Truman, on the other hand… I mean, just look at it. True Man. True Man! Your pathetic little closer is going up against a powerhouse of masculinity. That's no contest. It's so little of a contest that the light from "contests" will not reach Coolidge vs. Truman for 10,000 years.

And we can take this further! What was Coolidge's middle initial? No one knows, or cares, because he sucked. What about Truman? His middle initial was S! What did it stand for? Nothing! That's right, this True Man has a boundless void of nihilism right in the middle of his name! Say what you will about Truman, man, but at least it's an ethos.

In short, the only thing Coolidge will be pissing, is his own pants.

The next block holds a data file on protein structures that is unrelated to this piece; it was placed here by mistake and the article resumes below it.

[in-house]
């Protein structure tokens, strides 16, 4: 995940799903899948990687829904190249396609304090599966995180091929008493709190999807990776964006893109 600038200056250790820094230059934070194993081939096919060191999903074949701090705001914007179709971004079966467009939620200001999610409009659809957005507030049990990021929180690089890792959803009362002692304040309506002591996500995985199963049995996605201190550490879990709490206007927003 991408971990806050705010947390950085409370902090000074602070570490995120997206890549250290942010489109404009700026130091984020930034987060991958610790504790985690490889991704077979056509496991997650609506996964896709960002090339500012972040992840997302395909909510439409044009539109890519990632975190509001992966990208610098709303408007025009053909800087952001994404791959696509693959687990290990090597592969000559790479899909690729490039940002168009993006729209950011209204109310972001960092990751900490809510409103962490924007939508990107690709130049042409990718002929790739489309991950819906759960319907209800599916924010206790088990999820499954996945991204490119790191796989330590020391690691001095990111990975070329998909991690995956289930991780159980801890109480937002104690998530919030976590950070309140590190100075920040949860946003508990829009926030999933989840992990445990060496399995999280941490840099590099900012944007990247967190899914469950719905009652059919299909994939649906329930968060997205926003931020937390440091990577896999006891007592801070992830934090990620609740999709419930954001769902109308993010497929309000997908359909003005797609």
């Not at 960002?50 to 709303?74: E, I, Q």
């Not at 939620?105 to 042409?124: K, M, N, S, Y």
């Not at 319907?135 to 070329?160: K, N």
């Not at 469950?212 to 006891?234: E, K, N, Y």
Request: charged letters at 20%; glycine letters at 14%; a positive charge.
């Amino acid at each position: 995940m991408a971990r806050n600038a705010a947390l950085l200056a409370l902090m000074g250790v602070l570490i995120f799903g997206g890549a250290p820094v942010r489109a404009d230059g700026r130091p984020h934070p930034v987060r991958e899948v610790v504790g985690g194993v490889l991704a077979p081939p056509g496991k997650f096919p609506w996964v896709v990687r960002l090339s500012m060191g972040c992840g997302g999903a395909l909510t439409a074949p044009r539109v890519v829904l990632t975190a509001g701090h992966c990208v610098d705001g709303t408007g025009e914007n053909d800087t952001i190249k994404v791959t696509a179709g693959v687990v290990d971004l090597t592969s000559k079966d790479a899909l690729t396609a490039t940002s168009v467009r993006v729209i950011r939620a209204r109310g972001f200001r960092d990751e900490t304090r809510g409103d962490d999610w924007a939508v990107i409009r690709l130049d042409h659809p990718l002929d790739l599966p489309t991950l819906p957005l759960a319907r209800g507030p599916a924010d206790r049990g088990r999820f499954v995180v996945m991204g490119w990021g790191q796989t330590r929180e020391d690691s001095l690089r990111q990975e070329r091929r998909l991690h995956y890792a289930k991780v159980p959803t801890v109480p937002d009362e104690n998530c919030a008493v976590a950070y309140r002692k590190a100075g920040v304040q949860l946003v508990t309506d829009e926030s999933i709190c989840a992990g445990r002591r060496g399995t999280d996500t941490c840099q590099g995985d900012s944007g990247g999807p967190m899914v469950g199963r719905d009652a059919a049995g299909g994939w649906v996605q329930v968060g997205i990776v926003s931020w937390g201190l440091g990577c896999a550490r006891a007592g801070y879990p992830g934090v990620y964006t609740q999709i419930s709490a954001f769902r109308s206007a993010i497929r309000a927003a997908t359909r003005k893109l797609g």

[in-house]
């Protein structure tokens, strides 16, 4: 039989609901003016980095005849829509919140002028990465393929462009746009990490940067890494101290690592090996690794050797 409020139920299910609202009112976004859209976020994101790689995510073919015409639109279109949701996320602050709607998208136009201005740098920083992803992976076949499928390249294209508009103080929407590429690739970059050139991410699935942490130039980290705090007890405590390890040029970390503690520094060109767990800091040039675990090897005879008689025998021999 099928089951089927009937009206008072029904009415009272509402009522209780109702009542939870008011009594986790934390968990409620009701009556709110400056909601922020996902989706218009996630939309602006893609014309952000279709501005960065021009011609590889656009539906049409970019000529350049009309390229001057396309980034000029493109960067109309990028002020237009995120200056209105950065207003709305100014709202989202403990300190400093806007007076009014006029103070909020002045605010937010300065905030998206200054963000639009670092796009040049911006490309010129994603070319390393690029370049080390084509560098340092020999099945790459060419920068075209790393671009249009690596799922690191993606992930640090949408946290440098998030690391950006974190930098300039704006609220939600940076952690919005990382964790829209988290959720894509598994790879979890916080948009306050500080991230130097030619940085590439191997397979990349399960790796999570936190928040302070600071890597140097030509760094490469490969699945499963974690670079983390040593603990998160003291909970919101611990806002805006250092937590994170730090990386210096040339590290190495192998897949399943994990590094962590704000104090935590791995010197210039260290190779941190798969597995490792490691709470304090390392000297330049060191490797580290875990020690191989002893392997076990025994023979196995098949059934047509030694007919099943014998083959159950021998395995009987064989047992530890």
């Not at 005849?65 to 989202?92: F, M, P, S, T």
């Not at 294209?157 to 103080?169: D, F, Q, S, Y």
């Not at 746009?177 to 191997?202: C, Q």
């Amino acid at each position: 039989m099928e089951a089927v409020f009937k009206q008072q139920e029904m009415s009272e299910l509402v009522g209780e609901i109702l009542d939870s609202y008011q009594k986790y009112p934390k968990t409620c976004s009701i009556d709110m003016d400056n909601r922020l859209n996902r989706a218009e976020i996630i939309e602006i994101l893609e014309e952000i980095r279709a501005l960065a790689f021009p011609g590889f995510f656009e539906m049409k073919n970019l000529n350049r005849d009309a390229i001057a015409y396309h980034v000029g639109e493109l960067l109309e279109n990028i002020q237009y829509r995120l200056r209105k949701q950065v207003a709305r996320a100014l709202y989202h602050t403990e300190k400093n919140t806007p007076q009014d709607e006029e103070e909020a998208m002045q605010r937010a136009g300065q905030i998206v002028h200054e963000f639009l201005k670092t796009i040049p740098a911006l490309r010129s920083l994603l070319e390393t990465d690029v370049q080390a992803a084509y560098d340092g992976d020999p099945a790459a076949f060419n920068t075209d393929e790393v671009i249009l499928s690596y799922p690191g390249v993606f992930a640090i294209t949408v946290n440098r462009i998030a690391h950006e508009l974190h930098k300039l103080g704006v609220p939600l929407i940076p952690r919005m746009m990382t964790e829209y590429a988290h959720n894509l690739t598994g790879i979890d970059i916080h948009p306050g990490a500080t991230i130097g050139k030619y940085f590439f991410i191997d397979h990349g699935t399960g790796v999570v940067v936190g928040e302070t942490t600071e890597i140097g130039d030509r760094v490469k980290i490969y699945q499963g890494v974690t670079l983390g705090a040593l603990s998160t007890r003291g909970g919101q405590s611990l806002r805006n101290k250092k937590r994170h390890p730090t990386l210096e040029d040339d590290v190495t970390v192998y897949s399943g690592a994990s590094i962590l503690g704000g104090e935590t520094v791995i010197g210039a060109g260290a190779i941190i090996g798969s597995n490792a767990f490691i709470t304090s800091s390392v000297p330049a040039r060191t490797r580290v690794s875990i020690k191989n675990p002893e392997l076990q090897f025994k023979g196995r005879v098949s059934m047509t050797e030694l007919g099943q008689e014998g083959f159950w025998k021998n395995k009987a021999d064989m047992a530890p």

Doug: Yeah, Truman is a true man. And like all true men, he's mortal. His road will end, and Coolidge will see to that. As for Lidge, yeah, I guess he had a crummy year. Too bad he's not the type of player who's known for his comebacks. Oh wait, he has actually won an award for called the National League Comeback Player of the Year in 2008. You know, the same year he threw the final pitch of the World Series. So, I suppose Lidge isn't all that bad of a guy to support when you look at the big picture. And thank you for forcing me to recount the glories of one of my least favorite teams in Major League Baseball.

And Calvin Coolidge's middle name? It's Calvin. He was born John Calvin Coolidge, Jr. He was so into his middle name that he decided to just drop his first name. Coolidge is going to show that the 'S' in Harry S Truman really stands for.